Early MLB Observations: Can Los Angeles Dodgers Outslug 1936 New York Yankees, Produce 7 100-RBI Hitters?

MLB: San Diego Padres at Los Angeles Dodgers

Several interesting trends are developing just over two weeks into the MLB season.

An offensive lineup is mauling the marks established by the iconic New York Yankees of the mid-1930s.

The current Yankees shortstop is outperforming a certain Hall of Famer.

Ted Williams’ legacy looks secure – for now.

Baseball needs Mike Trout to regain his MVP form.

Long-dormant franchises are rising through the standings.

The big early-season question? Who is Brice Turang?

Can Modern Dodgers Match Iconic Yankees?

Imagine a lineup with seven players collecting 100 RBI campaigns.


Maybe not. The Los Angeles Dodgers’ lineup could be the first to reach such unimaginable run totals. They could produce more offense than the 1936 World Series-winning Yankees.

The vaunted Yankees remain the game’s lone lineup to feature five hitters who hit the century mark:

  • Lou Gehrig, 152 RBI.
  • Joe DiMaggio, 125.
  • Tony Lazzeri, 109.
  • Bill Dicky, 107.
  • George Selkirk, 107.

The run production helps explain how the Yankees went 102-51 and led the AL with 1,065 runs, 182 home runs, 997 RBI and 700 bases of balls.

Dodgers’ Strong ‘O’ Gets Stronger With Shohei Ohtani

Before signing Shohei Ohtani in the offseason, the Dodgers offense was one of the most feared in professional baseball, producing four players with 100 RBI seasons.

This season, the Dodgers remain on a torrid offensive pace. Entering Saturday, the Dodgers paced the NL in hits (149), homers (24) and RBI (86) and were tied with the San Diego Padres with 88 runs.

Could the Dodgers become the first lineup to produce six players with 100 RBI seasons?

Just consider the start of the heart of the team’s batting order:

  • Teoscar Hernandez, 17 RBI entering Saturday.
  • Mookie Betts, 14.
  • Will Smith, 12.
  • Max Muncy, 9.
  • Ohtani, 9.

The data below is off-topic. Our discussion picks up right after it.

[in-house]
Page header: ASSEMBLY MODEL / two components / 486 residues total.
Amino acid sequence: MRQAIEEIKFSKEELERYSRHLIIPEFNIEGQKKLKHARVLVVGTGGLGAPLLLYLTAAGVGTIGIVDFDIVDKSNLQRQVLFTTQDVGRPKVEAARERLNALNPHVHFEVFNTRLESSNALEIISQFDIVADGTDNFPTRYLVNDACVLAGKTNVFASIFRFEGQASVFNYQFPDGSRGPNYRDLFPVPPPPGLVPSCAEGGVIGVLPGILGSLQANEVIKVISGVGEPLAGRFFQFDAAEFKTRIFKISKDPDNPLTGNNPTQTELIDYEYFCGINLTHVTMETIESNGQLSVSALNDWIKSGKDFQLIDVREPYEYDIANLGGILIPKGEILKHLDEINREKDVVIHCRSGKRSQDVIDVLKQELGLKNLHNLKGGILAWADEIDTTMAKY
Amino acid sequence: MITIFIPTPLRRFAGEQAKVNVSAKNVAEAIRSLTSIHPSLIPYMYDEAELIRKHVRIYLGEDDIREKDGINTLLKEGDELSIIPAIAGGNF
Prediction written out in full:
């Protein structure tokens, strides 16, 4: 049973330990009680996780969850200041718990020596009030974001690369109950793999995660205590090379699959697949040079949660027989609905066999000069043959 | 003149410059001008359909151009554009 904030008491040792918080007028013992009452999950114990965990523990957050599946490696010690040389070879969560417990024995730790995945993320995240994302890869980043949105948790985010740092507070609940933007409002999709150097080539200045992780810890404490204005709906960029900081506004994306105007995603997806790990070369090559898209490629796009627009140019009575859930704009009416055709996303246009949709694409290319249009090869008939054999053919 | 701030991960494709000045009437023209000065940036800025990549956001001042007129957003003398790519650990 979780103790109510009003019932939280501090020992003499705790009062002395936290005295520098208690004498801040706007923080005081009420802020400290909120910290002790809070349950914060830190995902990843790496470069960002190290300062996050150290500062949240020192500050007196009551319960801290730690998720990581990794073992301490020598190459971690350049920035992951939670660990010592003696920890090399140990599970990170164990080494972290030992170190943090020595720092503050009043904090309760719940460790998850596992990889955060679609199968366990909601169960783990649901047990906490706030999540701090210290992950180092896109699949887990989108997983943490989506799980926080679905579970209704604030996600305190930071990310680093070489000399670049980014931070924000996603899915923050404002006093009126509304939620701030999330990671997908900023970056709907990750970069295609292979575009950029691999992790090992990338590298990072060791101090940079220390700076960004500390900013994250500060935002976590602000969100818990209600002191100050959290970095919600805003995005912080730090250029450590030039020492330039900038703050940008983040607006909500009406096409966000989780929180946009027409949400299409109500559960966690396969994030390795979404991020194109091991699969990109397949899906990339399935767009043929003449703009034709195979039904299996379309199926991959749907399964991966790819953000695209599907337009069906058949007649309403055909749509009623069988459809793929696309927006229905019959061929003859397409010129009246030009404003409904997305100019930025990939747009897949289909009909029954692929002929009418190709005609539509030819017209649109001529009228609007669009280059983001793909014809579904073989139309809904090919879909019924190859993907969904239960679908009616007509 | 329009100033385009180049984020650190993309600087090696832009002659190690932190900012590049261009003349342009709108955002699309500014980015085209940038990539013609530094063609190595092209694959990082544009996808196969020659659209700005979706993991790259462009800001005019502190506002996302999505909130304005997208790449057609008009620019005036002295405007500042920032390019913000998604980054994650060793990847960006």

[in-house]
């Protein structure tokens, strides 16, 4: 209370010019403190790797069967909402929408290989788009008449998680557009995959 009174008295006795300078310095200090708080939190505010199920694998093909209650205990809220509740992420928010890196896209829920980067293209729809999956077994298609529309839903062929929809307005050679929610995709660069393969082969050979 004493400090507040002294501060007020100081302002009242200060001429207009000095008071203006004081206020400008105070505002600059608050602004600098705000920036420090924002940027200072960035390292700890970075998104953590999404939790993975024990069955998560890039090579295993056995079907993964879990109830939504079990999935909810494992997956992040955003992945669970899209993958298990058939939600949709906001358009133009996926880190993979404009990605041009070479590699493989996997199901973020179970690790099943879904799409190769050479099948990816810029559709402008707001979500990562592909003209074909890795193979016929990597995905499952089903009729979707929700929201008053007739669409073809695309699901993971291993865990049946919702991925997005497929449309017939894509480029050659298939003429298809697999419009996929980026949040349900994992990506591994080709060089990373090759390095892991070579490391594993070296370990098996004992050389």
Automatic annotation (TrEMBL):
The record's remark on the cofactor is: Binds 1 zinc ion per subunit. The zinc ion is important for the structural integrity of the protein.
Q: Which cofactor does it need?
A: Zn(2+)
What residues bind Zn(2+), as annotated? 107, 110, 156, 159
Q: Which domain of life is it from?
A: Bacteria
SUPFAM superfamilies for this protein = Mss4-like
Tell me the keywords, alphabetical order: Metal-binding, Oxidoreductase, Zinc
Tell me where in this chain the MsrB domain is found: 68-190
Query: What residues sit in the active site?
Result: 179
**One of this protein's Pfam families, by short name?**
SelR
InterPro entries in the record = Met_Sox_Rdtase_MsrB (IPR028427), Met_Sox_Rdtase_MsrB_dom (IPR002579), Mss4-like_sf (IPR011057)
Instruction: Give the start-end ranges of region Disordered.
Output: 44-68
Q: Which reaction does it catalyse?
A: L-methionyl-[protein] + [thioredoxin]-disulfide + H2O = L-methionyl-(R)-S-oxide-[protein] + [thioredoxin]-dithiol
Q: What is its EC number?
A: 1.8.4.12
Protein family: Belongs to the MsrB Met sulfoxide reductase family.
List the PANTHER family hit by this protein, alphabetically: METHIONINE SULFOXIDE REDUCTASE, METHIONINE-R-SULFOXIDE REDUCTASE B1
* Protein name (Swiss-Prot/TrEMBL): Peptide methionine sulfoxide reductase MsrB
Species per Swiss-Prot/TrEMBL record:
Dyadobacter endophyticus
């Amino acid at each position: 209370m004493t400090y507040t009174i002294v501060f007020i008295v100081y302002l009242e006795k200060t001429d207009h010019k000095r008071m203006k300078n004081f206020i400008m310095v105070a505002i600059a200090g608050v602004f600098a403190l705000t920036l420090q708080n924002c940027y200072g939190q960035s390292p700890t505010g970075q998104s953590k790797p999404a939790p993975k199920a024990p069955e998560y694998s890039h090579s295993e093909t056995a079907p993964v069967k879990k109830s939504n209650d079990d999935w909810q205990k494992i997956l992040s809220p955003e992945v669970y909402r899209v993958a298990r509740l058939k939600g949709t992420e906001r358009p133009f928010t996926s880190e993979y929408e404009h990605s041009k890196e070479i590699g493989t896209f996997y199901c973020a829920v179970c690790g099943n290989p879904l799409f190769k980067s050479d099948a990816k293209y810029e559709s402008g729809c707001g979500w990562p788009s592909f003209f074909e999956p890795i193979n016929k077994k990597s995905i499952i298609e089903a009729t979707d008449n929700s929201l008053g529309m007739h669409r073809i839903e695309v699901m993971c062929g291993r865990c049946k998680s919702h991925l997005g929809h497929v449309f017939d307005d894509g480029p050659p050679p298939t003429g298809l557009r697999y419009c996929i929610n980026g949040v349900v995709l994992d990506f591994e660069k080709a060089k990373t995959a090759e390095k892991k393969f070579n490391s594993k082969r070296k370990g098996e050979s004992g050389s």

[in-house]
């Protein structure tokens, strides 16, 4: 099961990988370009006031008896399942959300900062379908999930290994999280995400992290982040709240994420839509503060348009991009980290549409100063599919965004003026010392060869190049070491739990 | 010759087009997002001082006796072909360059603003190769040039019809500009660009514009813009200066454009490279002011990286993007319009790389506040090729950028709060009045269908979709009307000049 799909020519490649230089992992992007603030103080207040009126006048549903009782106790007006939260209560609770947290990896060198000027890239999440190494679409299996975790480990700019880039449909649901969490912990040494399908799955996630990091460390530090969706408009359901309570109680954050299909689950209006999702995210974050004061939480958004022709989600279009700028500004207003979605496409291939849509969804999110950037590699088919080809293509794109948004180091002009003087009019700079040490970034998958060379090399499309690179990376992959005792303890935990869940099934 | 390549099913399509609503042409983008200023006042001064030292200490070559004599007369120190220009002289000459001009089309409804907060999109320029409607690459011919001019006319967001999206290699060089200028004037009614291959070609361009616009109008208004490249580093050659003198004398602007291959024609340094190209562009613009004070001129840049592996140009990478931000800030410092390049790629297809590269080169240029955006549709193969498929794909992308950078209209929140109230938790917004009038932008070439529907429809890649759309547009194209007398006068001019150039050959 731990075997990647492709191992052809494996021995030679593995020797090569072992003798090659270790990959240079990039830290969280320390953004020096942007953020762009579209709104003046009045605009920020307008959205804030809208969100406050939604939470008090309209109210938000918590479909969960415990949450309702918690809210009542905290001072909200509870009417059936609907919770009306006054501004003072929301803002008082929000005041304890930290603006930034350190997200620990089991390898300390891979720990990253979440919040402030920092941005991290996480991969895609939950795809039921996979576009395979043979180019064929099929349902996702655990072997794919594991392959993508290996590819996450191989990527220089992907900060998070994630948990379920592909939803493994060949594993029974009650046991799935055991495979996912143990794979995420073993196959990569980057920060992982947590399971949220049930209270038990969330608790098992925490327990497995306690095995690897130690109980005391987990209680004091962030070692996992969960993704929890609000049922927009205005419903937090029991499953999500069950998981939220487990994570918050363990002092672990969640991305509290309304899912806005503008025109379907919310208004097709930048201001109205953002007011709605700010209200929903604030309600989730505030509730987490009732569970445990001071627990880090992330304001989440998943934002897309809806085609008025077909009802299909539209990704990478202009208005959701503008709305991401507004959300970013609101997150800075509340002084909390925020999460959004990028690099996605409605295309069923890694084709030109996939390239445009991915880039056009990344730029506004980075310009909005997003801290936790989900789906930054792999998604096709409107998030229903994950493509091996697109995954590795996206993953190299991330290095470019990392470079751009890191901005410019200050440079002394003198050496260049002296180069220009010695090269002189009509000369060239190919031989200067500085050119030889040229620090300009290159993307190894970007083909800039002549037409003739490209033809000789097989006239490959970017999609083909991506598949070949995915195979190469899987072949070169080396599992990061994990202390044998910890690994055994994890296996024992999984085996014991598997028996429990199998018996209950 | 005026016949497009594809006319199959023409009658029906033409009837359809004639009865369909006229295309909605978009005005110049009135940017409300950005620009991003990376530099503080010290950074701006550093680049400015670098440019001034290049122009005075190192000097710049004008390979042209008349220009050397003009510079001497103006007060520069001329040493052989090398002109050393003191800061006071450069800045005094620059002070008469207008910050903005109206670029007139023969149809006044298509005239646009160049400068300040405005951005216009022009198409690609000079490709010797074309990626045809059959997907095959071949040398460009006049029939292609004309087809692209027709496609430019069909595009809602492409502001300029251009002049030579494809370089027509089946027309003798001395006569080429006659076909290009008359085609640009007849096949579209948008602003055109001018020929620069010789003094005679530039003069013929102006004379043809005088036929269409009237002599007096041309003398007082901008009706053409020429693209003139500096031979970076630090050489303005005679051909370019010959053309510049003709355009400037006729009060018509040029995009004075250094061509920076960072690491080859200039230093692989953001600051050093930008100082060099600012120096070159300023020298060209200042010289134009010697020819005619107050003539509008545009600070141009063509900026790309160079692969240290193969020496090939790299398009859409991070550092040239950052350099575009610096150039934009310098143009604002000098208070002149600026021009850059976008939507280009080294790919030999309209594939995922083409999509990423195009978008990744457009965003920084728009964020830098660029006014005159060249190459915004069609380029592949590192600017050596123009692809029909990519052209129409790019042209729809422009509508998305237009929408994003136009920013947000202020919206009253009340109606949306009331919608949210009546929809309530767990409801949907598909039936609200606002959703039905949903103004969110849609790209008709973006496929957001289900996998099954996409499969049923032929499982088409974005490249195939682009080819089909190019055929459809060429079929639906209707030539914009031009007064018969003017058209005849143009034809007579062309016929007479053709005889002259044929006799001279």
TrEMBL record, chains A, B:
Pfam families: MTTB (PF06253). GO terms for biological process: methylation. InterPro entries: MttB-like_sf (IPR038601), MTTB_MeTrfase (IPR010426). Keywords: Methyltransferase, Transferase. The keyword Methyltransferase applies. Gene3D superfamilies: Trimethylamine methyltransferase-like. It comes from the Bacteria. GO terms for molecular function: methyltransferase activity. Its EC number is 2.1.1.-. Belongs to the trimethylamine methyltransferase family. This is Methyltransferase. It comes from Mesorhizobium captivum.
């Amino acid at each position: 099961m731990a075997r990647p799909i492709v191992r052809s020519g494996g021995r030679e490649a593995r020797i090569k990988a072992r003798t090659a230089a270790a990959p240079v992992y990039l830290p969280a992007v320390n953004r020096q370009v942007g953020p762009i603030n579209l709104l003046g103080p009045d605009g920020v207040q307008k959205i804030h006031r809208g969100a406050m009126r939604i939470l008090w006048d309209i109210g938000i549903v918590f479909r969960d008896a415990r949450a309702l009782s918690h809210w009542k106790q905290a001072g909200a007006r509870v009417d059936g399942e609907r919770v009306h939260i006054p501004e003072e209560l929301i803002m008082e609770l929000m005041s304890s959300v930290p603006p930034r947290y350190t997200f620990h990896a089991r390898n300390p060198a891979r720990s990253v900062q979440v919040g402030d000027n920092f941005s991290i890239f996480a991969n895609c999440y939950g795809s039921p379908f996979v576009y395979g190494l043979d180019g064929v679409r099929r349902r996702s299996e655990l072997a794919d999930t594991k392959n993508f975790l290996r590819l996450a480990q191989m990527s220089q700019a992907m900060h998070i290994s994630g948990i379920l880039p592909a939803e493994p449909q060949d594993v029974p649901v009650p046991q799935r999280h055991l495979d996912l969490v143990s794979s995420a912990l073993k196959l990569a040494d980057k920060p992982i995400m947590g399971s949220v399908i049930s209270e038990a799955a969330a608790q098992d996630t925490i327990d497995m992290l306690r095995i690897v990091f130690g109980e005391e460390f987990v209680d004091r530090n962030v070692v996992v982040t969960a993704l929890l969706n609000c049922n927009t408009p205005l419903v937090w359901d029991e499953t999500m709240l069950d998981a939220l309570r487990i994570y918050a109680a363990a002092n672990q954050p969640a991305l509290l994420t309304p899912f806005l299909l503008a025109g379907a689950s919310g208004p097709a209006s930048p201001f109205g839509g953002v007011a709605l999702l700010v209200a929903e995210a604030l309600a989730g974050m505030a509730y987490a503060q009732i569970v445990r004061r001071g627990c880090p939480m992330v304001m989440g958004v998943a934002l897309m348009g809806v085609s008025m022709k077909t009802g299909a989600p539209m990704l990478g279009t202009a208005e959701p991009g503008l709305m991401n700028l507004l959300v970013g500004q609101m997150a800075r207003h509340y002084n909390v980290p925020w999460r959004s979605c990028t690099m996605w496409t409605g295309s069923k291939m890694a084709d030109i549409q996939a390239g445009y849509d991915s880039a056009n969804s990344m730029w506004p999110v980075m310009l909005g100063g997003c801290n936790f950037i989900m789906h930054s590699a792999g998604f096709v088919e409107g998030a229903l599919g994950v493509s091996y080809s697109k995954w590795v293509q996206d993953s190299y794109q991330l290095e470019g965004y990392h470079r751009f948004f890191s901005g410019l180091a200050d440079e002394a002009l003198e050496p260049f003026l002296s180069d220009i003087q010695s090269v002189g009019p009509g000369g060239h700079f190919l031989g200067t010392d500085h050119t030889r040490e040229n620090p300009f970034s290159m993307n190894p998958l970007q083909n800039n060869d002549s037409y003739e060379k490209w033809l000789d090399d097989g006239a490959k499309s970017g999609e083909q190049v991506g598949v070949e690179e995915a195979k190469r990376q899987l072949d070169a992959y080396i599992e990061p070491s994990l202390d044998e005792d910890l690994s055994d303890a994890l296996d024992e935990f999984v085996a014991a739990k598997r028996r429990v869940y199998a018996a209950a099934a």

• Freddie Freeman, 8.

All six could be strong candidates if they remain injury-free.

Could the Dodgers stretch it to seven triple-digit run producers?

James Outman had seven RBI after producing 70 as a rookie last season.

Just imagine.

5 Early MLB Observations

Here are five other season-opening MLB observations:

  • Comparing 23-year-old Yankees shortstops from different eras, the current edition, Anthony Volpe, has proven more productive than Derek Jeter. The Hall of Famer completed his second full season with a 5.0 WAR in 1997. Volpe, however, is trending for a WAR mark of at least 6.0.
  • Colorado’s Ryan McMahon entered Saturday batting .415, but dropped to .393 after going 0-for-3 during a 5-3 loss to the host Toronto Blue Jays. Will anyone match Ted Williams, who finished with a .406 batting average during the 1941 campaign?
  • Can Mike Trout stay healthy? Since 2020, the three-time AL MVP has averaged just 60.8 games per season. In his opening 14 games, the 11-time All-Star has clubbed six home runs, tied for the most in the MLB lead with five others. No matter how his career develops from here, is Trout a first-ballot Hall of Famer?
  • Are the 10-5 Kansas City Royals really in first place? Sure, it may be the AL Central, but who envisioned this offensive juggernaut? Following Saturday’s 11-5 victory over the host Baltimore Orioles, they have outscored their opponents by an MLB-best 38 runs.
  • Cheers to the NL Central-leading Milwaukee Brewers, who started 10-3 with a run differential of plus-33. Will fans fill American Family Field with chants of “MVP … MVP …” for Turang in September?

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